NEW TESTAMENT CONTEXTUAL COMMENTARY
by Dr. Robert R. Seyda
PAUL’S LETTER TO THE GALATIAN CHURCHES
CHAPTER ONE (Lesson XXXIX)
Venerated Medieval Catholic theologian, Robert of Melun, makes a comparison between Paul and the Catholic Church in his day. He starts by pointing out that some Catholics were asking whether the Apostle Paul sinned by persecuting the assembly of believers? They wanted to know since he showed such zeal for the Law and believed he must do this for God’s sake. Many Catholics still hold this position, says Robert. For when conscience dictates that people must do something for God’s sake, they would sin if they did not do it since they would then be acting against their own conscience. Yet if they were to do it, they would offend God. Moreover, “everything that is not of faith is a sin.”1
Consequently, notes Robert, for such people, Paul believed that he must persecute these assemblies of believers in the Name of God. If he refused to do so, he would be showing contempt for God and would thereby be sinning. Then again, to persecute the assembly of believers is in itself a sin. So, it would seem that he sins if he does this, and yet sins in his conscience if he does not. Either way, then, he would end up sinning. Some people concede, therefore, that the Apostle would have sinned no matter what he did. This was the thinking of some during the Middle Ages.
Others, however, say that his desire was good because he wished to demonstrate his obedience to God, obedience that he exhibited by destroying what he thought was contempt for God by these Christians. Yet the deed itself was still evil and wrong because he carried it out based upon an incorrect understanding. Nevertheless, the zeal and fervor of love that was in the Apostle’s heart were good, and it is on that basis that the erroneous deed is excused.2 Sometimes misplaced zeal and enthusiasm can do more harm than good.
Not only were Medieval Catholics judged by such criteria, but Protestants and Pentecostals followed suit. In many cases, Catholics were not only censured by what they did in contradiction to Roman Catholic teachings, but they were also criticized for what they did not do as taught and outlined by Catholic doctrine. For instance, if they did not pray to the saints each day for a certain length of time; pray the Rosary or go to the confession booth on a regular basis; or, in some cases, if they were not baptized in water as the Church specified it should be done, they were looked down on as being insincere. However, those who followed such dictates with holistic fervor were seen as the holiest in their dedication to God and Catholicism. My, what a heavy burden to carry!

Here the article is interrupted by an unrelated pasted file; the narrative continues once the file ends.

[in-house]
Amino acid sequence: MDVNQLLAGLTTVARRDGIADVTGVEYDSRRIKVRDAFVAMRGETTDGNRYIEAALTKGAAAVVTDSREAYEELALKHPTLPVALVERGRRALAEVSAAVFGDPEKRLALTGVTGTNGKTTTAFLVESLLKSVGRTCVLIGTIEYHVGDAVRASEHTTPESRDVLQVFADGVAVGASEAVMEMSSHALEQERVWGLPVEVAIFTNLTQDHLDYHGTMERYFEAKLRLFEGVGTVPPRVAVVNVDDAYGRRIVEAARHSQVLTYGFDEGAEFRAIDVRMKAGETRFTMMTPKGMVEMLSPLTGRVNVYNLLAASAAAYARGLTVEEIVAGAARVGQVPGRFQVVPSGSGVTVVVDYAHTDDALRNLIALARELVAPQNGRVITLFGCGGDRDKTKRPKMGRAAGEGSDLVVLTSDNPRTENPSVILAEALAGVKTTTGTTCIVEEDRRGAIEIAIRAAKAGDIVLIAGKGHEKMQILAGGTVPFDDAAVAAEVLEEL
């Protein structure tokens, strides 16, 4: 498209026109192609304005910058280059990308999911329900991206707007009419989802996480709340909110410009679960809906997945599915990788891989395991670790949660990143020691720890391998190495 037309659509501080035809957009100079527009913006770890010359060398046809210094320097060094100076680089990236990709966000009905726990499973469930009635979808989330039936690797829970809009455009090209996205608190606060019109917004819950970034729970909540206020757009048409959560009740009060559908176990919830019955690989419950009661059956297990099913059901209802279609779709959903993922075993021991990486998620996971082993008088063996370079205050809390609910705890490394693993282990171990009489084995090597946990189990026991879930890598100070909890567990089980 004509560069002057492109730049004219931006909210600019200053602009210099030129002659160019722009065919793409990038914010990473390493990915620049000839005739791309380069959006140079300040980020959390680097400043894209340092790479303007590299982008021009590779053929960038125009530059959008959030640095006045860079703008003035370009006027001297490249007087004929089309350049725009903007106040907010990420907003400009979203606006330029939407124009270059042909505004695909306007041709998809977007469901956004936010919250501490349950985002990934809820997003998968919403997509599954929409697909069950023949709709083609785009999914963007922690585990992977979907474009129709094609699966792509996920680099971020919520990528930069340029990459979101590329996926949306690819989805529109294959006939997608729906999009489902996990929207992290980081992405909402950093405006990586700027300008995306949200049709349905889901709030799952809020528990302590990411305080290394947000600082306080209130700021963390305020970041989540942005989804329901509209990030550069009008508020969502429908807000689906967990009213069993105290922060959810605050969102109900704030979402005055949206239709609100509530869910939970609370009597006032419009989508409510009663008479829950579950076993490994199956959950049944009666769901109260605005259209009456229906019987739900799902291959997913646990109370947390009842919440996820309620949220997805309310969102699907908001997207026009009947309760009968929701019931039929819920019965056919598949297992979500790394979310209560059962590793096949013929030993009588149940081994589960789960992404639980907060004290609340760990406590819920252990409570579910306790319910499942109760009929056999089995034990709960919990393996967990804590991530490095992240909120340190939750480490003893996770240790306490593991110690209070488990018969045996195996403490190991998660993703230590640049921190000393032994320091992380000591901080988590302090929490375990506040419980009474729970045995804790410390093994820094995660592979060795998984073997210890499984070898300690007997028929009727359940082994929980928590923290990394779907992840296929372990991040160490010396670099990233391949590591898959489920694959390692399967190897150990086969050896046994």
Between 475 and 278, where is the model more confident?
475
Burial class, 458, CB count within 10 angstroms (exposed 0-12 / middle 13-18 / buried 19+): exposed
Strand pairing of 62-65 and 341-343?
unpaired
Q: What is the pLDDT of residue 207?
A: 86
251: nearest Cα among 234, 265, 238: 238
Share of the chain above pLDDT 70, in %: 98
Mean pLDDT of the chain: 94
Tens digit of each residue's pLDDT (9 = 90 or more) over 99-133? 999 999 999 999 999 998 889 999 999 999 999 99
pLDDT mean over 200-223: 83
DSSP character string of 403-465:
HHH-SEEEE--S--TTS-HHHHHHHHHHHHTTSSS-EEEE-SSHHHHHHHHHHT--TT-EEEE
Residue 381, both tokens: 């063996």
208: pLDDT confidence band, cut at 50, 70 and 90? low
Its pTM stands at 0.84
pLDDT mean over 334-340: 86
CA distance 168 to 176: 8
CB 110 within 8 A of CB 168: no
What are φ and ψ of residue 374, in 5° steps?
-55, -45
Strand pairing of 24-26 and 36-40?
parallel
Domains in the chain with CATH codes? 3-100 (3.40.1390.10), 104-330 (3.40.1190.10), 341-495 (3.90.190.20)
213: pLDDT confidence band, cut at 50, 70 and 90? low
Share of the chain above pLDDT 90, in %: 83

Those who’ve studied the Greek writings available in Paul’s day have noted that the way most men dealt with traditional teachings, even teachings of their own country, was to receive them all exactly as they were delivered, without applying any critical test of authenticity whatsoever.3 Jewish scholars, like Paul, did the same thing. We can even say, that in some fundamental Protestant and Pentecostal denominations many ministers followed the same pattern of preaching what they heard from the previous generation without finding out, through research and study, if what they were preaching was Biblically correct.
Martin Luther gives a personal testimony about his conversion. He came to the knowledge of the truth by the same kindness of God. From his own lips, Luther confessed that he crucified the Anointed One daily in cloistered life as a monk, and blasphemed God by practicing his wrong faith. Outwardly he kept himself celibate, poor, and obedient. He was constantly fasting, tarrying, praying, saying the masses, and the like. Yet under the cloak of his outward respectability, he continually mistrusted, doubted, feared, hated, and blasphemed God. His self-righteousness was like a muddy puddle of water. But now, he realizes that Satan loves such saints. They are his darlings, for they quickly destroy their body and soul by depriving themselves of the blessings of God’s generous gifts. He also stood in awe of the pope’s authority. To dissent from him, he considered a crime worthy of eternal death.
Luther heard about Bohemian Reformer John Huss (1369-1415),4 and considered him as nothing but a cursed heretic. He counted it a sin even to even think about him. He would have gladly gathered the wood to burn him. And, he would feel that he was doing God a real service.5 Then one day, Luther was rummaging through the shelves of a library and happened upon a volume of sermons by Huss. “I was overwhelmed with astonishment,” Luther later wrote. “I could not understand for what cause they burned such great a man at the stake, a man who explained the Scriptures with so much gravity and skill.” Everyone’s testimony is different, but the principle is the same. Doing what you think was right without knowing how wrong it is. Like a rancher’s son who was taught from his youth up that red meat was the most beneficial for protein and muscle build, only to find out later how much it contributed to cholesterol and blocked arteries.
Reformer John Calvin also noticed how strongly Paul was attached to the old customs and how he strove to get ahead of his peers in compliance. Calvin points out that those Paul called his equals were those of his own age; for a comparison with older persons would have been unsuitable. When he speaks of the traditions of the fathers, he means, not those oral traditions by which the Law of God was corrupted, but the Law of God itself. This was the kind of education Paul received from his childhood, which was supplied through the hands of his ancestors and parents. Having been strongly attached to the customs of his forefathers, it would have been no easy matter to tear himself from them, were it not for the fact that the Lord drew him away by a miracle.6